Cal Lutheran junior aims to empower women through ‘wearable art’

Magally Lopez, El Eco Editor

“I want women to wear my clothing and feel empowered and feel like they’re the shit and like they’re that bad bitch … because who doesn’t want to feel like that,” Aliyah Gardea, California Lutheran University junior said in a Zoom interview.

Gardea said she started Bronze Aura Creations on Instagram and Etsy selling jewelry as a form of artistic expression. With high levels of support early on she was able to expand her brand and start selling custom clothing pieces.

Aliyah Gardea, Cal Lutheran junior and owner of Bronze Aura Creations models her Custom Angel Rhinestone Crop Top. All of her proceeds go toward her doula training. (Contributed – Aliyah Gardea)

“That’s something I really enjoy doing, is like creating wearable art […] fashion is definitely like a way I express myself,” Gardea said. “The inspiration for my clothing, my art, or my jewelry, it all comes from things that are in my life. I really wanted to create like, some sort of, brand where it can be relatable, like especially to our generation of minorities.”

Gardea said she couldn’t always relate to many clothing and jewelry brands, because she felt like fashion should be more meaningful and personal.

Gardea is the soul of the company and its sole representative. “[I’m the] PR and the CEO and the factory worker and […] also the model, the spokesperson,” she said.

She said she works with her customers when it comes to the process of creating the custom pieces and keeps the focus on creating for “strongly empowered women of color.” When Gardea envisions her next pieces she said she “always imagine[s] my best friends wearing them.”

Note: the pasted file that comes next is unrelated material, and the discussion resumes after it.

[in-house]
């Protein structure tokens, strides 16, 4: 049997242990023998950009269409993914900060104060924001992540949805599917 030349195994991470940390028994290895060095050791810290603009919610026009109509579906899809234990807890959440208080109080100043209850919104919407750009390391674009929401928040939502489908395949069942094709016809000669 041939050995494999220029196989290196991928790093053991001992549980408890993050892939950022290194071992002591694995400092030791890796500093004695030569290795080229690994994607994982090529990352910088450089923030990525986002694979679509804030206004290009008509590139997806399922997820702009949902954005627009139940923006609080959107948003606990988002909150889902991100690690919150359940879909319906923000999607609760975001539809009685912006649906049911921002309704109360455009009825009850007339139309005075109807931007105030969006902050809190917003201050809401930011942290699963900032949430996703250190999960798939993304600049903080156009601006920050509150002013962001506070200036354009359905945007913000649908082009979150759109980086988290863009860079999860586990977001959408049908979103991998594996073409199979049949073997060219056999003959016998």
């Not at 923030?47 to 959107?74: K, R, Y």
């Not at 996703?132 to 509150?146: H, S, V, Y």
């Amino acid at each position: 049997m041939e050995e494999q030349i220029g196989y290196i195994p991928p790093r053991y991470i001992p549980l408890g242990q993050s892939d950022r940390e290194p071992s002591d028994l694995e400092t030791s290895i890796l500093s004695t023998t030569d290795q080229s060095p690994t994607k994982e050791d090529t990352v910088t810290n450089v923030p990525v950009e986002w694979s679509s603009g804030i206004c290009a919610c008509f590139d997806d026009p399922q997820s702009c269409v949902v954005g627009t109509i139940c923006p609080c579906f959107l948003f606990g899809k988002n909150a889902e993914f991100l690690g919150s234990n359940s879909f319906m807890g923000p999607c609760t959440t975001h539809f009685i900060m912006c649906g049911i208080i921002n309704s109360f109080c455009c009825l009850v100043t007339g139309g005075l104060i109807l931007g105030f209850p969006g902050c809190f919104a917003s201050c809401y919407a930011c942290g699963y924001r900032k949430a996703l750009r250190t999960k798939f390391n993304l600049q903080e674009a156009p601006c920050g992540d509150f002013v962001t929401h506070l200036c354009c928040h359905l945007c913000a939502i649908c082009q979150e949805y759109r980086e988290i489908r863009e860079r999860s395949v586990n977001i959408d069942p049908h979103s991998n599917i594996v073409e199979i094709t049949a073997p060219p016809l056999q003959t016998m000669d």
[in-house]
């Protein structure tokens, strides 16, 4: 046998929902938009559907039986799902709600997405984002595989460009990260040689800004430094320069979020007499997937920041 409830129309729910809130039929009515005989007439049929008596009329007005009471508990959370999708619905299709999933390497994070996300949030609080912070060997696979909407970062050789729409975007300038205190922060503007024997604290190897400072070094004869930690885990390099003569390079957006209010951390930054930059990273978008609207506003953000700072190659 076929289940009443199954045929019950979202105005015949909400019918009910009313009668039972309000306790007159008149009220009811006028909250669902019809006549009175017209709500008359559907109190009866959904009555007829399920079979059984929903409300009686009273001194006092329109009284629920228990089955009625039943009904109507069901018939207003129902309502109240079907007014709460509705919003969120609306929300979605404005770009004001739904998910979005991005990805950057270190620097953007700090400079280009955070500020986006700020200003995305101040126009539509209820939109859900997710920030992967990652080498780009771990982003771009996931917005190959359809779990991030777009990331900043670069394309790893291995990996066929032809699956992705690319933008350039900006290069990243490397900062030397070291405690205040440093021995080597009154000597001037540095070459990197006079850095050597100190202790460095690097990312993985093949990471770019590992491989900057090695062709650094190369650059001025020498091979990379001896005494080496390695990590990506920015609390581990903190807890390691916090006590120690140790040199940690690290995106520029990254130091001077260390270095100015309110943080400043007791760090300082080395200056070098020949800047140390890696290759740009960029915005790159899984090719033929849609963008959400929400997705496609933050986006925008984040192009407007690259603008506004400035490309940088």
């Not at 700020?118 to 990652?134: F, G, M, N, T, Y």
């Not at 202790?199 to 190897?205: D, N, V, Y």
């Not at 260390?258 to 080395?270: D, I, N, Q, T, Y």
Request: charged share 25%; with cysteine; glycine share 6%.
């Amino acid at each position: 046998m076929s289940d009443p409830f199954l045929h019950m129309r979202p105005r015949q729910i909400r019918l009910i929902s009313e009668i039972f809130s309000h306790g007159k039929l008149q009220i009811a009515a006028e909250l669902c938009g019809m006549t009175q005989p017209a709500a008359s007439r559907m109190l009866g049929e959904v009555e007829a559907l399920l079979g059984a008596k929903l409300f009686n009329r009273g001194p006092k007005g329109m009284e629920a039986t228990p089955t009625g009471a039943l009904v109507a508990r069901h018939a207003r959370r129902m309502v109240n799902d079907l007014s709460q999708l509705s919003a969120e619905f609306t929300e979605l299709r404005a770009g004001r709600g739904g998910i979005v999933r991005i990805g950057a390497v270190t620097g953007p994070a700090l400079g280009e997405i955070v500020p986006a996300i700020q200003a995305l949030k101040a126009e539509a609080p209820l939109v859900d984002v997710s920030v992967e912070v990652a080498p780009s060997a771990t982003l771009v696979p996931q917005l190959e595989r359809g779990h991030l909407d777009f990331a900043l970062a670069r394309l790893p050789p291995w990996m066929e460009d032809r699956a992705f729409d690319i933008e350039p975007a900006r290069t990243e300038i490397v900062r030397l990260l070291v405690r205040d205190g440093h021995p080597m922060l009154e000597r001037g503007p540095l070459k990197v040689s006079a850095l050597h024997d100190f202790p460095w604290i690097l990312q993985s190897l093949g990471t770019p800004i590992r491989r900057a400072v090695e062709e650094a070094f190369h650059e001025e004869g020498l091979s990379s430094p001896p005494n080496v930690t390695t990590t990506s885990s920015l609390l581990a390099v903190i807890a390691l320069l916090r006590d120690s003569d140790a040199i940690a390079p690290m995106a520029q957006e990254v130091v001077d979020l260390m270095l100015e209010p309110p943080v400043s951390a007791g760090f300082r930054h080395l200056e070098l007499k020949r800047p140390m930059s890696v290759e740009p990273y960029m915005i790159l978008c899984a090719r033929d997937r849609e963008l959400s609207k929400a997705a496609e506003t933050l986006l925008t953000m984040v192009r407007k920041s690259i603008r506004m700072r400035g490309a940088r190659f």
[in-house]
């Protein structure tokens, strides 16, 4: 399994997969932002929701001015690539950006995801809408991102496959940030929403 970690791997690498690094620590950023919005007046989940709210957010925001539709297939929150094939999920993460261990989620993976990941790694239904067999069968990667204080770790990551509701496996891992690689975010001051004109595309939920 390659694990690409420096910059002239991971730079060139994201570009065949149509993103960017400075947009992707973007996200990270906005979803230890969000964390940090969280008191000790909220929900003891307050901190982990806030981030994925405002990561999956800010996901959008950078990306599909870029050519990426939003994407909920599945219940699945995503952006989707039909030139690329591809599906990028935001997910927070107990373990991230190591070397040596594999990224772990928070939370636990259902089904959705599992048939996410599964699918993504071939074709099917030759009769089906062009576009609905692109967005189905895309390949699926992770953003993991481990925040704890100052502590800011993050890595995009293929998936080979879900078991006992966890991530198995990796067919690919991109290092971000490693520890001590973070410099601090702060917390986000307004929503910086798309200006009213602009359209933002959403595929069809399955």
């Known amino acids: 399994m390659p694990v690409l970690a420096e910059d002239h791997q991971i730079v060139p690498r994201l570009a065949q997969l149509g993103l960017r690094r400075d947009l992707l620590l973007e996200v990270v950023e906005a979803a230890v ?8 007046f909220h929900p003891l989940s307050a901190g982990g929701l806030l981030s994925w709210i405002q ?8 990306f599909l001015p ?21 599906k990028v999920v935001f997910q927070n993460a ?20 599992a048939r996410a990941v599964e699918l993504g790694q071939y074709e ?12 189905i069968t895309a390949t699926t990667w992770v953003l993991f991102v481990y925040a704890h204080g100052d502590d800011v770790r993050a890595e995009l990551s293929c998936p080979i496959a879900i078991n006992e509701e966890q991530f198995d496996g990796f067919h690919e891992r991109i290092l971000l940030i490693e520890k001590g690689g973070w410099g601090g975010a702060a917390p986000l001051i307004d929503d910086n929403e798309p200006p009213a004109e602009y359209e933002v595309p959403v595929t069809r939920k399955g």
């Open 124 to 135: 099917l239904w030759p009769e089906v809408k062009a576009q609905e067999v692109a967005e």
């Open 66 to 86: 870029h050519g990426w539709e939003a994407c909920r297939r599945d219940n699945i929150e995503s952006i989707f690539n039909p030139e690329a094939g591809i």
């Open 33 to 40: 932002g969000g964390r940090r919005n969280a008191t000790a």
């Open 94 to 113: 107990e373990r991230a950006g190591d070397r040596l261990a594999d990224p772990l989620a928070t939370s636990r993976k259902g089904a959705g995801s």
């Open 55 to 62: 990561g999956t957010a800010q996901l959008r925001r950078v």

Taylor Brown, communication major and Gardea’s friend, described Gardea in a Zoom interview as “amazing”, “very collaborative” and a “great helping hand.”

Brown said that Gardea’s business shows her independence and her custom designs can be great gifts as well.

Gardea’s profits from her business will fund her doula training program. She said she wants to help Black mothers during pregnancy through the whole journey and provide support.

According to the CDC “Black, American Indian, and Alaska Native (AI/AN) women are two to three times more likely to die from pregnancy-related causes than white women.”

Gardea also works on campus in the Center for Equality and Justice (CEJ) as one of the student program coordinators.

Cynthia Duarte, director of the CEJ and assistant professor of Sociology, has worked with Gardea for about a year and a half and said “one of the reasons I hired her was for her enthusiasm for social justice issues, to learning more about it and being involved.”

Duarte said Gardea had a small budget through CEJ and conducted a program last semester that had her design “United Against Racism” t-shirts to “support solidarity” in the Cal Lutheran community.

The center hustled to raise money to create the shirts, advertised for a few days and sold out in one hour.

Duarte said the t-shirts gave Gardea a creative opportunity to encourage the need “to come together as a community and say that we all have something to say and we all wanted something to do about it.”

Gardea said she felt that her way to give people a voice was through fashion and she wanted to continue to create that platform for expression.

“This is who I am, I’m strong,” Gardea said. “Being different is something that was hard for me especially coming into Cal Lutheran that’s a predominately white school and facing a lot of prejudice.”

Aliyah Gardea, a junior pursuing a communication degree at California Lutheran University, started her own jewelry and clothing business in May 2020. She said her designs aim to empower women of color.
(Contributed – Aliyah Gardea)

Gardea said she was identified as Sarah in The Echo’s article about students of color’s experiences with racism on campus.

Gardea said “[she] felt very ostracized for [her] differences freshman and sophomore year,” but going through those experiences made her more comfortable with herself. 

“I’ve reached a place where I do feel comfortable being the person I am so I want my clothing to express that,” Gardea said.